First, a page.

With the new year I find myself INJECTED with new motivation. I started reading KarmaFree Cooking about 8 months ago and get new vegetarian recipes all the time, even ones that my husband can’t snub his nose at! With some gentle coaxing I’ve even managed to get him eating broccoli rabe, cabbage, and (dare I say it) GREEN BEANS.

My husband eats three vegetarian meals a week or more now. It is hard to believe, but so do my inlaws. We eat pizza every Sunday night and they order pizzas without meat like I do and find that they digest it easier and don’t feel the pizza hangover the next day like they used to. I give my mother in law vegetarian recipes all the time now.

Kiwi Yogurt Pastry

I’m also finding new ways to bake cakes and cookies without egg yolks or butter. I choose one or the other. Either there is butter or oil in the recipe, or egg yolks. Not both. I take my health seriously, now. I haven’t lost any weight (Pandas are cute because they are squishy and fluffy, right? I think 5’7’’ and 160lbs is squishy and fluffy enough to still be cute right?), but I have my cholesterol hog tied and squealin’ like a piggy! And with help from Karma Free Cooking it isn’t hard to think that maybe I’ll be a vegetarian one day and not just a workweek one.

But for now I’m spreading the word about fresh fruits and vegetables, whole grains like Quinoa and Barley and Brown Rice, and how you don’t have to completely nix meat from your diet to experience the health benefits. I eat meat about twice a week now, maybe. I’ve gone 3 weeks without eating meat and was perfectly fine. Maybe it is time to re-evaluate what an American dinner plate should have on it.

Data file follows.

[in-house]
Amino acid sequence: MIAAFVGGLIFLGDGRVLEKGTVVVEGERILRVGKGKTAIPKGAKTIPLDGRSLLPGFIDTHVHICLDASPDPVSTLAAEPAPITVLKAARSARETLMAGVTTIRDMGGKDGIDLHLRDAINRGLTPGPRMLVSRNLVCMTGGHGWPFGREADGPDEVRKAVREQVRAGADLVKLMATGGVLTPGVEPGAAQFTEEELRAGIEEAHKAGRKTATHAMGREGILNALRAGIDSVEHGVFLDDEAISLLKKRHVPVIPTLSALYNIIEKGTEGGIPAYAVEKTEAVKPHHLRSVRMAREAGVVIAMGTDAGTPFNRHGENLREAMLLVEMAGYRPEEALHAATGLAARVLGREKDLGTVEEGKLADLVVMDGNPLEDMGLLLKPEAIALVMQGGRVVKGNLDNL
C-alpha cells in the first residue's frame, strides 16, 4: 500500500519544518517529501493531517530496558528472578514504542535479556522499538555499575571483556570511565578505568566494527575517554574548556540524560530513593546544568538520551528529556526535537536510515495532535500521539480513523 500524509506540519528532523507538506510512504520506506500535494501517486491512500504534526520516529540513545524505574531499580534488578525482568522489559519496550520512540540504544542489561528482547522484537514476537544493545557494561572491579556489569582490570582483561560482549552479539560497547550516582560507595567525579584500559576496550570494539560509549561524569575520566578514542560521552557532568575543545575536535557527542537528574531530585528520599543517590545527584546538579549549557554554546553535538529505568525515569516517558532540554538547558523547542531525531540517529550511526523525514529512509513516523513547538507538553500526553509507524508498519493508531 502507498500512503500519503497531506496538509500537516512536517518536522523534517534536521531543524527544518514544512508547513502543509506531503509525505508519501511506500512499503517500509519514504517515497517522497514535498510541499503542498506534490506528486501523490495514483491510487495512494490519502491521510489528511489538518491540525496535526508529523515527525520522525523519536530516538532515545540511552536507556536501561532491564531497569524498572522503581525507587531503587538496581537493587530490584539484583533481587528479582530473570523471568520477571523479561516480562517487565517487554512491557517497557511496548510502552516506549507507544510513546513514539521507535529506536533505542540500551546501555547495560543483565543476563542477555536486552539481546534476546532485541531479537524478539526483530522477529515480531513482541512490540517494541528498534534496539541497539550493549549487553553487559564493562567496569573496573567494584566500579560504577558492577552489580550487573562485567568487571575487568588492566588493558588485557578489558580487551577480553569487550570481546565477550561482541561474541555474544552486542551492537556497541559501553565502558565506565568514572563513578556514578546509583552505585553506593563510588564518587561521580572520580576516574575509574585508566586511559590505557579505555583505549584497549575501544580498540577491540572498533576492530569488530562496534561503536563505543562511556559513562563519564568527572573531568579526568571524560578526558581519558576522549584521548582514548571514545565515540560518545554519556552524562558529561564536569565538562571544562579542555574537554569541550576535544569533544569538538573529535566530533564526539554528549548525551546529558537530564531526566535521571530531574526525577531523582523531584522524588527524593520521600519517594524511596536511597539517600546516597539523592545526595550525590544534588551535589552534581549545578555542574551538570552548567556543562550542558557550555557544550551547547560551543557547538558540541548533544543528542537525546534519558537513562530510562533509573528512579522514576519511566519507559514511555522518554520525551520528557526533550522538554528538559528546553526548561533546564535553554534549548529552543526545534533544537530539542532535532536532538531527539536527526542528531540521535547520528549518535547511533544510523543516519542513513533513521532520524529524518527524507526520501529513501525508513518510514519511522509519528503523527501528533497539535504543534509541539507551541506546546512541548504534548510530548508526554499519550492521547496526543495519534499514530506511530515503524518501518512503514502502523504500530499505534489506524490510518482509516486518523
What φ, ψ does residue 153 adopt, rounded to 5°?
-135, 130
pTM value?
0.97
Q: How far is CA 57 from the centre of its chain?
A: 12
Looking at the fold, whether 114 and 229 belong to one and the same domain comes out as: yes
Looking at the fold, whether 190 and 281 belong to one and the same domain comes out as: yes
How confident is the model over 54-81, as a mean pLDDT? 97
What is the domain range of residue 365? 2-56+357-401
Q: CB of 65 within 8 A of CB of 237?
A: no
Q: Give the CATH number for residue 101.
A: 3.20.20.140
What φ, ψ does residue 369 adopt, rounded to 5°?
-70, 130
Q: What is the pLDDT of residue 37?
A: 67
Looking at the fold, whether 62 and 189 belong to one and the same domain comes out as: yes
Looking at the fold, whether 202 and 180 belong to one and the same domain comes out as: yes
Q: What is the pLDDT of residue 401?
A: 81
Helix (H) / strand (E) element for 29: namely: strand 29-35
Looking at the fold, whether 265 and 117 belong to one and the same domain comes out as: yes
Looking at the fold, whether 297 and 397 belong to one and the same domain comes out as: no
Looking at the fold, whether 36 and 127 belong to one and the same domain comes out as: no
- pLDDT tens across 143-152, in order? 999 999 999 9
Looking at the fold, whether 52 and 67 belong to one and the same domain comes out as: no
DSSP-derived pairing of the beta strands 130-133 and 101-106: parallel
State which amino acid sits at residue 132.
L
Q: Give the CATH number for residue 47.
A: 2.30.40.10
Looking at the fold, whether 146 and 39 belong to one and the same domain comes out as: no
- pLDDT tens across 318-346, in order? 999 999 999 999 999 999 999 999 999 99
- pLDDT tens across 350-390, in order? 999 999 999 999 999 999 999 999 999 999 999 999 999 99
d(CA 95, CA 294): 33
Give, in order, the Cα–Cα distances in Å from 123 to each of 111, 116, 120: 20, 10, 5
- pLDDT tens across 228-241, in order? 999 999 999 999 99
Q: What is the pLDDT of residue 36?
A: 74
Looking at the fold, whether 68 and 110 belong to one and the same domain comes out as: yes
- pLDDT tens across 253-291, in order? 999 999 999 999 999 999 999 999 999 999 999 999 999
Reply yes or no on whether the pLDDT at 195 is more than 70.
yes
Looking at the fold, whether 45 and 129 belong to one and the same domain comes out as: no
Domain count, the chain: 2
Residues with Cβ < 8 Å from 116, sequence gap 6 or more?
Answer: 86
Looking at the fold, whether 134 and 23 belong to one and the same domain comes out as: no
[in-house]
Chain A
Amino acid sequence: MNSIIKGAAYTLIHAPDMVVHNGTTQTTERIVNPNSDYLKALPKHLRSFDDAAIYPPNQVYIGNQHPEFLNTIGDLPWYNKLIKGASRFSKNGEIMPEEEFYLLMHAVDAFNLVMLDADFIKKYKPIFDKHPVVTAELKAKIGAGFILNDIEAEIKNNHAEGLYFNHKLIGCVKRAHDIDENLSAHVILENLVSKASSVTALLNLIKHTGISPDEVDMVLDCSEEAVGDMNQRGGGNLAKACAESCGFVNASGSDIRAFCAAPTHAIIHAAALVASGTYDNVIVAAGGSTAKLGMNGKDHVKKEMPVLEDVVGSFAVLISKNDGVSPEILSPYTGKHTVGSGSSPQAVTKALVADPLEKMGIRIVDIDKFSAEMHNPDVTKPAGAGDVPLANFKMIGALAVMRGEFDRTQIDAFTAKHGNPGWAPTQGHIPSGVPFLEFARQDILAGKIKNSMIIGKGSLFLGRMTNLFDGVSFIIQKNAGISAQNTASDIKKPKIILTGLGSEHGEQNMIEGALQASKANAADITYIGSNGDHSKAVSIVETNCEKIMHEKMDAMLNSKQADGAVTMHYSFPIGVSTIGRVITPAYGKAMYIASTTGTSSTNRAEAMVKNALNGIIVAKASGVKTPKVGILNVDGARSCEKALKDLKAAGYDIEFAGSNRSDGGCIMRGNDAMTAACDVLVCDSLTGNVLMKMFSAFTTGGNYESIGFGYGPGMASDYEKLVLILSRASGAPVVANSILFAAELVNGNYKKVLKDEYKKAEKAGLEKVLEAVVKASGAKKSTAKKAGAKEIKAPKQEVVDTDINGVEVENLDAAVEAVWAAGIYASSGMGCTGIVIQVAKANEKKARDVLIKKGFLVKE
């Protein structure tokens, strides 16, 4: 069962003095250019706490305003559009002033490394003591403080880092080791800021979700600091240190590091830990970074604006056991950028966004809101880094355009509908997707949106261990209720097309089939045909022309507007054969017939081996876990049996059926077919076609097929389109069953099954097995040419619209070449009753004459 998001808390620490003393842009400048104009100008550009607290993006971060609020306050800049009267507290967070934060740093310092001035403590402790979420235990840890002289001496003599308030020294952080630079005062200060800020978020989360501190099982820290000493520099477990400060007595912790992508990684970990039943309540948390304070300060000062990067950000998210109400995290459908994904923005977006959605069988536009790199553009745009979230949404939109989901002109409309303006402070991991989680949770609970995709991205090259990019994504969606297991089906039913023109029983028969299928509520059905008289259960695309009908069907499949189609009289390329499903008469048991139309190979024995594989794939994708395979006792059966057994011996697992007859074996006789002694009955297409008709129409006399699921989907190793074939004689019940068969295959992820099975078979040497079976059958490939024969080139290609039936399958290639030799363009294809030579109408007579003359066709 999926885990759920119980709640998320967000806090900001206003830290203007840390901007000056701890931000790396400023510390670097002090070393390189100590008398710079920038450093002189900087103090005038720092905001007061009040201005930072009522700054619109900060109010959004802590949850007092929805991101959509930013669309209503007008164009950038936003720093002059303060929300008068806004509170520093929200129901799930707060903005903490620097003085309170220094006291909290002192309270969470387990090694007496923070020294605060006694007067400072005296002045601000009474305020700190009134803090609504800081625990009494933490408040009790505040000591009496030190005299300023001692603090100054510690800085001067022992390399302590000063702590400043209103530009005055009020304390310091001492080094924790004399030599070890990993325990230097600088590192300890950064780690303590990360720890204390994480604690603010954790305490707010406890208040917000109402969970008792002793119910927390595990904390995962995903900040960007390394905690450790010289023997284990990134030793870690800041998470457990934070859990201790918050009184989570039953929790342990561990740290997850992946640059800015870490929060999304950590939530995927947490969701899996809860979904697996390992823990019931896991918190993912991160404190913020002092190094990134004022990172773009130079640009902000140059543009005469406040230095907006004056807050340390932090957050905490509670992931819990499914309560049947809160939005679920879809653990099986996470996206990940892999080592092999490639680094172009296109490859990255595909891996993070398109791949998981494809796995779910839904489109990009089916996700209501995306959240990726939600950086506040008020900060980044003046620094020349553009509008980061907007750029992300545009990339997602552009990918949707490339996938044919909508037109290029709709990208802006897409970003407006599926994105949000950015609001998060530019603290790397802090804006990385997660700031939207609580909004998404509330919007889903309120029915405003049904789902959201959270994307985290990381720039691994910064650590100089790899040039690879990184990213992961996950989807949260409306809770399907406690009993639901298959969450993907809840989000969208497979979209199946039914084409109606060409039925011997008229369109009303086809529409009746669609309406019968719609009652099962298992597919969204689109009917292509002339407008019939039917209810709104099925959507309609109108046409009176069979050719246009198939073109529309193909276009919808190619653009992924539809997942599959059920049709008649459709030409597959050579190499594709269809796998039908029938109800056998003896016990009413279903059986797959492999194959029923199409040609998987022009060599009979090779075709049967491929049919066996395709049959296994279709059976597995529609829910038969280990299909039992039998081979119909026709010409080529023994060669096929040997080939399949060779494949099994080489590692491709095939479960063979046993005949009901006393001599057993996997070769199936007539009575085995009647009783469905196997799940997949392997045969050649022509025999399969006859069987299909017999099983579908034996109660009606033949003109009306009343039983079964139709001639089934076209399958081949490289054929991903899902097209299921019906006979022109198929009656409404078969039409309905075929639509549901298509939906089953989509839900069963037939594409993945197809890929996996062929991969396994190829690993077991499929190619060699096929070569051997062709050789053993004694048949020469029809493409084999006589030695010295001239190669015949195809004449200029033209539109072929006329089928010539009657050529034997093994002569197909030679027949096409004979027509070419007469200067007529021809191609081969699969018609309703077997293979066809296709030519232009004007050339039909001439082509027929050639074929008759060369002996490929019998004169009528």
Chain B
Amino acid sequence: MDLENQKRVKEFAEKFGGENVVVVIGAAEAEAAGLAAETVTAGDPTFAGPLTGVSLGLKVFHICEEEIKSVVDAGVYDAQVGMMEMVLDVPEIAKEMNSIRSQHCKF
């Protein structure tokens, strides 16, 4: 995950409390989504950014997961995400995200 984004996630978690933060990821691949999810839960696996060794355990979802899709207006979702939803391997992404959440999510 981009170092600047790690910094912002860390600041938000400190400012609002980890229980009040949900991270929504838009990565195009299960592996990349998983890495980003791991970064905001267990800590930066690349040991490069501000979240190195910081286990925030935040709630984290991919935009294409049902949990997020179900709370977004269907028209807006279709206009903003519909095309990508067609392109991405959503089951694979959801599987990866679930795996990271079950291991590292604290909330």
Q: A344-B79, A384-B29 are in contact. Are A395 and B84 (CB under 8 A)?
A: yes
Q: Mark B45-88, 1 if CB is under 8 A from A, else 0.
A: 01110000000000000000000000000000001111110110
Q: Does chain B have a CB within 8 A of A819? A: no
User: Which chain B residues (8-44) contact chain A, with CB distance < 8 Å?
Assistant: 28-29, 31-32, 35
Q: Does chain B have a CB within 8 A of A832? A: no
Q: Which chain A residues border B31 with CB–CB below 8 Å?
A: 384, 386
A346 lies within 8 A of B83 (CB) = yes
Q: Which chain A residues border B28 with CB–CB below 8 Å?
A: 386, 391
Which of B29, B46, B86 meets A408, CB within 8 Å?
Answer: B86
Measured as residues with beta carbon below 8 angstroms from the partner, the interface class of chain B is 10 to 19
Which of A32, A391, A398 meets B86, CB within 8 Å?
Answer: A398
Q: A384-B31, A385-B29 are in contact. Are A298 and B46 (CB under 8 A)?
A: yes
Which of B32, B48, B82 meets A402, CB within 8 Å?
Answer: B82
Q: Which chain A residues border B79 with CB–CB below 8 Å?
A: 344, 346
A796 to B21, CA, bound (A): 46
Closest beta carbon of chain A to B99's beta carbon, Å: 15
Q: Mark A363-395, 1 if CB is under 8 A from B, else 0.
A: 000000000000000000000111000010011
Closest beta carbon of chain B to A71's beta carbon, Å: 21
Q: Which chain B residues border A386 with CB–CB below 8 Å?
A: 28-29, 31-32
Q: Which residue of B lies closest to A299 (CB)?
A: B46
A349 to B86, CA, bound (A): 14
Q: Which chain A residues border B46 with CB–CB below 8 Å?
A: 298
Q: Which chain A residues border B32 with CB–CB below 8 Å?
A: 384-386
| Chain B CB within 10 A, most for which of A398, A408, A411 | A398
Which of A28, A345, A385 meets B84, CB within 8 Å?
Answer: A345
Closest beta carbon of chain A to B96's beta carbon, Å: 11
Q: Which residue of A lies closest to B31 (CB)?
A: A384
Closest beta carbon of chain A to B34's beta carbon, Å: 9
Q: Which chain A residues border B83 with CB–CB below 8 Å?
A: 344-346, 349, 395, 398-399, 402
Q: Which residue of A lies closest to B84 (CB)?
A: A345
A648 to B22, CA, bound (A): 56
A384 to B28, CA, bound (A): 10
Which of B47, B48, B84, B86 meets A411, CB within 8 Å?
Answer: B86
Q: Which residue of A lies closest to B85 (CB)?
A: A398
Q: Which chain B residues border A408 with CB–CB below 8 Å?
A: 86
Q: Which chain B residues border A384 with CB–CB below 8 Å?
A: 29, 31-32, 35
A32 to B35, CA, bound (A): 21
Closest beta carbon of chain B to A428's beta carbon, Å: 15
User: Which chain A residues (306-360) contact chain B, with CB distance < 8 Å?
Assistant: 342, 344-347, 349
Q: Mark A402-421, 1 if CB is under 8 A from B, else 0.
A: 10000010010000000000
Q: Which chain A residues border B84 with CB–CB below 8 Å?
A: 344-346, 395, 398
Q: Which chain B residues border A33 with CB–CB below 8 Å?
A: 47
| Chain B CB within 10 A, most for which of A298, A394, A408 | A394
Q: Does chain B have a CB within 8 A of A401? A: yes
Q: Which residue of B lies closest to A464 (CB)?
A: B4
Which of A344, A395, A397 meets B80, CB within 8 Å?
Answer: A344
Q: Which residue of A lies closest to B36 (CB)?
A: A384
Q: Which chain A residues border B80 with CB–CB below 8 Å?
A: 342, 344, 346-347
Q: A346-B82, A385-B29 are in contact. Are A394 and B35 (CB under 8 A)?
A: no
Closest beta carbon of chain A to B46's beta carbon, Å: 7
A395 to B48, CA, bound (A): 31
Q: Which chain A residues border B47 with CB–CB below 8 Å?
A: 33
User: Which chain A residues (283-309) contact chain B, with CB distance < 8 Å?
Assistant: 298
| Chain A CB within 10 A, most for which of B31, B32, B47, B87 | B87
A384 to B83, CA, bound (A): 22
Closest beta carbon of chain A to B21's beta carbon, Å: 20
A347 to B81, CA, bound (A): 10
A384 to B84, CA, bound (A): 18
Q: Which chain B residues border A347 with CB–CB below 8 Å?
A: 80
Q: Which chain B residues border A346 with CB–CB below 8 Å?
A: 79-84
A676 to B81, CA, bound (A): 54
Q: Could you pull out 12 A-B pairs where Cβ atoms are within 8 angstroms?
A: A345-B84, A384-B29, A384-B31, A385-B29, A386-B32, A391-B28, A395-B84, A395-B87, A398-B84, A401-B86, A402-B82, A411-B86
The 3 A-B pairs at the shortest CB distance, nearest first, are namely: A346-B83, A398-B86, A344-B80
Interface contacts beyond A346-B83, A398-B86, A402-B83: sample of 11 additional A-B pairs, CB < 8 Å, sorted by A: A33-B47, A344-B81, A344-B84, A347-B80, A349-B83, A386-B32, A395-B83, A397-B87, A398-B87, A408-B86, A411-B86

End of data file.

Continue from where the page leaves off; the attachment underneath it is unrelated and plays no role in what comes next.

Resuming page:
Now if only I could kick my dessert habit…

Kate Matney-Perini

Age 25, Workweek Vegetarian

4 Responses to “The Work-Week Vegetarian”

  1. Lisa January 25, 2012 at 12:44 pm #

    This is a humorous and very well written article that inspires and makes you laugh…. Go Kate hope to see more of your writing… And cooking!

    • KarmaFree Cooking January 25, 2012 at 1:37 pm #

      Kate should have her own blog, no??? She would be great at it!!!!

  2. Ryan Powell January 25, 2012 at 7:44 pm #

    Went to High School with Kate, and she’s a great personality. Totally got sucked into this and loved every sentence! Way to spread the word about healthy eating!😀

    Luv ya, Kate!

  3. Bren @ Flanboyant Eats™ January 25, 2012 at 9:13 pm #

    What a neat concept…. i like the idea of vegetarian during the week and meat on the weekends. i wonder how disciplined I’d be in trying that out. Thanks for introducing us to Kate.